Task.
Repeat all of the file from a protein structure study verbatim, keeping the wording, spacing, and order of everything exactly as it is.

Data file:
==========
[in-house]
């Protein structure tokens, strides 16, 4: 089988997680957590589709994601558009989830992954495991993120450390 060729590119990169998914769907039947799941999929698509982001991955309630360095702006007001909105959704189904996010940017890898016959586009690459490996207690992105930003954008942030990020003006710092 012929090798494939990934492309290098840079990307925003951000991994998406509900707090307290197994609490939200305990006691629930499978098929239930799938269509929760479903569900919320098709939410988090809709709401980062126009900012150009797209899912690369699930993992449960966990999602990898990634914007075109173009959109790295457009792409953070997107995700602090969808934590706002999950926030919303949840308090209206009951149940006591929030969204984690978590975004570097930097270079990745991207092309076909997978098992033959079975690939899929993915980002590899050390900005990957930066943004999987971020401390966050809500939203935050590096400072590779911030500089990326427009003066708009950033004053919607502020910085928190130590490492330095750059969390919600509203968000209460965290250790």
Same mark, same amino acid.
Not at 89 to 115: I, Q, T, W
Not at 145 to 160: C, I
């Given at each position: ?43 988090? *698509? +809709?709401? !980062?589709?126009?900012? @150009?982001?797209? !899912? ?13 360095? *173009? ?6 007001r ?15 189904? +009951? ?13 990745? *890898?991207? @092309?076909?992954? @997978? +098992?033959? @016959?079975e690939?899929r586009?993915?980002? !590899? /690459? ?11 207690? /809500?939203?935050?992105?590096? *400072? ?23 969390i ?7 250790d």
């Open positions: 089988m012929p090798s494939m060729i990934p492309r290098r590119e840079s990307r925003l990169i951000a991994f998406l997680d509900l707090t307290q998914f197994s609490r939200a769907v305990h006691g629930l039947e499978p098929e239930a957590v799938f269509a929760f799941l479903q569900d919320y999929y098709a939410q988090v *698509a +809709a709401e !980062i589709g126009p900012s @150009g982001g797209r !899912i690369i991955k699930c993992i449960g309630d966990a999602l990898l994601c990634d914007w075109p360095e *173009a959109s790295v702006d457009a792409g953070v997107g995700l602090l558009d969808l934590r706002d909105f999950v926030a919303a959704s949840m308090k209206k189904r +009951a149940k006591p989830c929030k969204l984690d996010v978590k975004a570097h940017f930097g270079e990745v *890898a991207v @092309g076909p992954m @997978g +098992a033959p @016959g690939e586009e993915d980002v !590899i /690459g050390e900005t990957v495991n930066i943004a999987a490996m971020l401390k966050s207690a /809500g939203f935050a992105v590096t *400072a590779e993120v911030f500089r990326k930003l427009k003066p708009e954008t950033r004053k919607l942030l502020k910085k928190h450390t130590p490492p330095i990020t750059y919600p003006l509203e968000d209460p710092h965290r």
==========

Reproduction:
[in-house]
């Protein structure tokens, strides 16, 4: 089988997680957590589709994601558009989830992954495991993120450390 060729590119990169998914769907039947799941999929698509982001991955309630360095702006007001909105959704189904996010940017890898016959586009690459490996207690992105930003954008942030990020003006710092 012929090798494939990934492309290098840079990307925003951000991994998406509900707090307290197994609490939200305990006691629930499978098929239930799938269509929760479903569900919320098709939410988090809709709401980062126009900012150009797209899912690369699930993992449960966990999602990898990634914007075109173009959109790295457009792409953070997107995700602090969808934590706002999950926030919303949840308090209206009951149940006591929030969204984690978590975004570097930097270079990745991207092309076909997978098992033959079975690939899929993915980002590899050390900005990957930066943004999987971020401390966050809500939203935050590096400072590779911030500089990326427009003066708009950033004053919607502020910085928190130590490492330095750059969390919600509203968000209460965290250790």
Same mark, same amino acid.
Not at 89 to 115: I, Q, T, W
Not at 145 to 160: C, I
């Given at each position: ?43 988090? *698509? +809709?709401? !980062?589709?126009?900012? @150009?982001?797209? !899912? ?13 360095? *173009? ?6 007001r ?15 189904? +009951? ?13 990745? *890898?991207? @092309?076909?992954? @997978? +098992?033959? @016959?079975e690939?899929r586009?993915?980002? !590899? /690459? ?11 207690? /809500?939203?935050?992105?590096? *400072? ?23 969390i ?7 250790d």
């Open positions: 089988m012929p090798s494939m060729i990934p492309r290098r590119e840079s990307r925003l990169i951000a991994f998406l997680d509900l707090t307290q998914f197994s609490r939200a769907v305990h006691g629930l039947e499978p098929e239930a957590v799938f269509a929760f799941l479903q569900d919320y999929y098709a939410q988090v *698509a +809709a709401e !980062i589709g126009p900012s @150009g982001g797209r !899912i690369i991955k699930c993992i449960g309630d966990a999602l990898l994601c990634d914007w075109p360095e *173009a959109s790295v702006d457009a792409g953070v997107g995700l602090l558009d969808l934590r706002d909105f999950v926030a919303a959704s949840m308090k209206k189904r +009951a149940k006591p989830c929030k969204l984690d996010v978590k975004a570097h940017f930097g270079e990745v *890898a991207v @092309g076909p992954m @997978g +098992a033959p @016959g690939e586009e993915d980002v !590899i /690459g050390e900005t990957v495991n930066i943004a999987a490996m971020l401390k966050s207690a /809500g939203f935050a992105v590096t *400072a590779e993120v911030f500089r990326k930003l427009k003066p708009e954008t950033r004053k919607l942030l502020k910085k928190h450390t130590p490492p330095i990020t750059y919600p003006l509203e968000d209460p710092h965290r």